The Comebacks of Billie Jack Saebens’ Kevin
Billie Jack Saebens is Back in Black on Domino Lena.
Billie Jack Saebens | Kevin

We all got used to seeing Billie Jack Saebens and a little black horse by the name of Domino Lena—aka Kevin—get it done. Kevin’s the Dixon Flowers Rope Horse weapon who got Saebens over the Wrangler National Finals Rodeo hump, and who Billie Jack rode when he heeled behind Coleman Proctor at the 2016-17 NFRs. Kevin’s gone missing for injury timeouts multiple times. So it was a welcome sight for Saebens fans to see Billie Jack and Kevin, who’s 16 now, doing work up in the Northwest this fall. The two of them taking the victory lap together after their big win with Jake Clay at the Ellensburg (Washington) Rodeo took the cake.

“I think Kevin’s had three comebacks,” said Missouri native Billie Jack, who now lives in Nowata, Oklahoma, with his NFR barrel racer wife Ivy. “He’s the horse that just kind of let me see heeling differently than I’d ever seen it before. Kevin being so solid made me more consistent, and he let me focus only on my roping. He’s just so easy.”

Billie Jack, who’s the head trainer at Dixon Flowers Rope Horses, has ridden Kevin the last seven years.

“We bought Kevin when he was 9,” Saebens said. “He’d been shown a bunch by Clay Logan, and his owner, Seth Jordan, had roped on him at World Series ropings. But he hadn’t been rodeoed on.”

Kevin—who took Top Heel Horse of the 2017 BFI honors the year Proctor and Saebens finished second to Luke Brown and Jake Long—was out earlier that year for an injury that actually happened outside of the arena.

“Kevin’s kind of spooky, there was snow on the ground in Rapid City (South Dakota), someone threw the lead rope over his neck to load him in the trailer, it scared him, he spooked and jumped and hurt himself,” Billie Jack said. “He was out with a small hind suspensory tear that time. Kevin had laser therapy and they swam him to get him back from that.”

Kevin came back strong, then got kicked in his front end at the rodeo in San Angelo, Texas, in February of 2018. After resting Kevin for about a month, Saebens rode him in the finals at San Antonio, and won it with Proctor.

“Kevin was a little sore after that, so I took him to the vet and he had a torn suspensory up high in the right front, just below his knee,” Billie Jack said. “I gave him another six or eight months off, and brought him back for the Northwest that fall, when I started roping with Charly (Crawford). In late 2018, Kevin tore that same right front suspensory in the same spot. I didn’t ride him for the better part of a year after that.

“Kevin got pretty sound late in the summer of 2019, but I was too scared to ride him or haul him much. He was still a little bit off, and the soreness seemed to come and go. I took him back to the vet, and started keeping Kevin in a stall, because he runs and bucks and plays, and I didn’t want him to hurt himself again.”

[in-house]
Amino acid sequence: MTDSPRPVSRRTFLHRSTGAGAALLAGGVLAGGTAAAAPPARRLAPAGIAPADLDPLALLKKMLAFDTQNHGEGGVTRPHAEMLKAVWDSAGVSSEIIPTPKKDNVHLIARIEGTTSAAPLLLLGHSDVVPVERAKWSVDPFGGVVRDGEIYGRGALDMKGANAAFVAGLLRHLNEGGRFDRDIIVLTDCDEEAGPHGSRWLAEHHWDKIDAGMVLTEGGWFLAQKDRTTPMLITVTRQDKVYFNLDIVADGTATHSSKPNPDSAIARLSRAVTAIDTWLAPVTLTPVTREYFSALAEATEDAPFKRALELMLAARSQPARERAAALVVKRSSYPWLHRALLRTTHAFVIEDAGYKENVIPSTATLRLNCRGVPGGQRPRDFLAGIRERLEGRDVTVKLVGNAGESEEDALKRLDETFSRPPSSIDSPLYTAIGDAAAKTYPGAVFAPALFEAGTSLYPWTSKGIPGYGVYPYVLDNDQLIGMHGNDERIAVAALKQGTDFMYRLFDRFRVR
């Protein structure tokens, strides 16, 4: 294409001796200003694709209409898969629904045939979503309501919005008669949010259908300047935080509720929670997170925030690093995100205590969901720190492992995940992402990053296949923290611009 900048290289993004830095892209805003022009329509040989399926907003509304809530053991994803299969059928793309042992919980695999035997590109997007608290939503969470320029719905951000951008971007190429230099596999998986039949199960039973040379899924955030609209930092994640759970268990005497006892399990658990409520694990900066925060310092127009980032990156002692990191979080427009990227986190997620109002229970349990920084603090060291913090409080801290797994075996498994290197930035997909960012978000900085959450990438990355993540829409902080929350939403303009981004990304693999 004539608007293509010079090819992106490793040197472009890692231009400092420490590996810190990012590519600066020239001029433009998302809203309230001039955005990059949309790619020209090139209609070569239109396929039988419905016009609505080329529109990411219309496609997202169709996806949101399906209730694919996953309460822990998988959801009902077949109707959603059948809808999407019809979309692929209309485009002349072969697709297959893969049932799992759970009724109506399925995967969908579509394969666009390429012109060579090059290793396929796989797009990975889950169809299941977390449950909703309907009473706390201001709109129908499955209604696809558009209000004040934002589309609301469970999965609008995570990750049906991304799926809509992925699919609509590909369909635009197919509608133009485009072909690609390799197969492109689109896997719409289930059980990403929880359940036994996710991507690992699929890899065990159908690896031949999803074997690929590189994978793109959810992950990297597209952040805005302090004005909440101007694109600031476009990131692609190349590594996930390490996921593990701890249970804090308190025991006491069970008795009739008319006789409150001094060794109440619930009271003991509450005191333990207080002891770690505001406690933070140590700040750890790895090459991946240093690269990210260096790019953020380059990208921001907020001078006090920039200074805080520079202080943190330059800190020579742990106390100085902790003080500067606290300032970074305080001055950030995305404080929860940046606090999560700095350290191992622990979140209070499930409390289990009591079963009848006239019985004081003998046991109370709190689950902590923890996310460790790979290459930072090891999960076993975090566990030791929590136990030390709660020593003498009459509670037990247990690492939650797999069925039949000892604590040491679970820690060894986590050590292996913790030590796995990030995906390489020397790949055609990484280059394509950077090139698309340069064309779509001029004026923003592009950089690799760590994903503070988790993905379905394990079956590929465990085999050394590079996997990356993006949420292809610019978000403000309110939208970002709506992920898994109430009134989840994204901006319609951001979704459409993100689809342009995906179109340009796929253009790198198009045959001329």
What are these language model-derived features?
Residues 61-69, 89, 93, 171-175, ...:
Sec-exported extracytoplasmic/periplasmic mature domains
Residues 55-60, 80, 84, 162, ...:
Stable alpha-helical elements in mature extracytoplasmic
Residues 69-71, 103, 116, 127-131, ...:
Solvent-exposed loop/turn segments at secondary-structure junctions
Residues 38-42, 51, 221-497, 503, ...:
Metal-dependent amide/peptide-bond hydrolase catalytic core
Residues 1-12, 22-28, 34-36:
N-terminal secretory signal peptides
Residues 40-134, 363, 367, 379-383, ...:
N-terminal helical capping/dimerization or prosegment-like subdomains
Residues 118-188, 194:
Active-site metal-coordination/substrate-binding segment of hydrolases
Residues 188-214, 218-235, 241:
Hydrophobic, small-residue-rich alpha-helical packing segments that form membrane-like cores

[Read: Road To Recovery With Saebens’ Kevin]

By January 2021, Billie Jack decided to turn Kevin back out. He just couldn’t stand to see such a stellar horse locked up in a stall any longer.

“I’d been home and heading quite a bit, then Jake (Clay) and I decided to go rodeo a little after the Fourth of July this summer,” Saebens said of his late 2021 season. “I started roping a few steers on Kevin, and he was sound. I didn’t want to haul him all over, so I left him at home, then brought him out the week of Dodge City (Kansas) the first part of August. And I’ve been riding him ever since.”

Billie Jack’s black brigade also includes the 2019 Heel Horse of the Year and American Quarter Horse Association World Champion DT Sugar Chex Whiz, a little black mare who goes by Sugar for short. A young sorrel horse he calls Milo, who’s 6, is also in the trailer these days. But for Billie Jack, there’s only one Kevin.

[Read: Saebens Cracks Out AQHA World Champion Mount on Rodeo Road]

“The coolest part about Kevin is that I can ride really close to the steer down the arena and through the corner—right next to the cow—and I can see the feet the whole time, because he’s kind of small,” Saebens said. “Kevin’s only 14 hands, but he’s real heavy made. I’m going to guess he weighs 1,100 pounds—maybe 1,150.

“Kevin’s a funny horse. He’ll untie himself and everybody else at the trailer. You can hardly catch him in a stall he’s so spooky. And as much as he’s been hauled, I still can’t get him to go by banners without having to hold on. But we’ve caught a lot of steers since I’ve been back riding him, and have done pretty good. It’s just crazy how some people have ‘that horse.’ And for me, that horse is Kevin.

“When a horse is that easy to catch on, it just builds your confidence. Ellensburg’s a hard rodeo to win. After all we’ve been through, to win it on Kevin was pretty fun for me. There’s kind of an X factor to the great ones. They just dang near rope the steers for you.”

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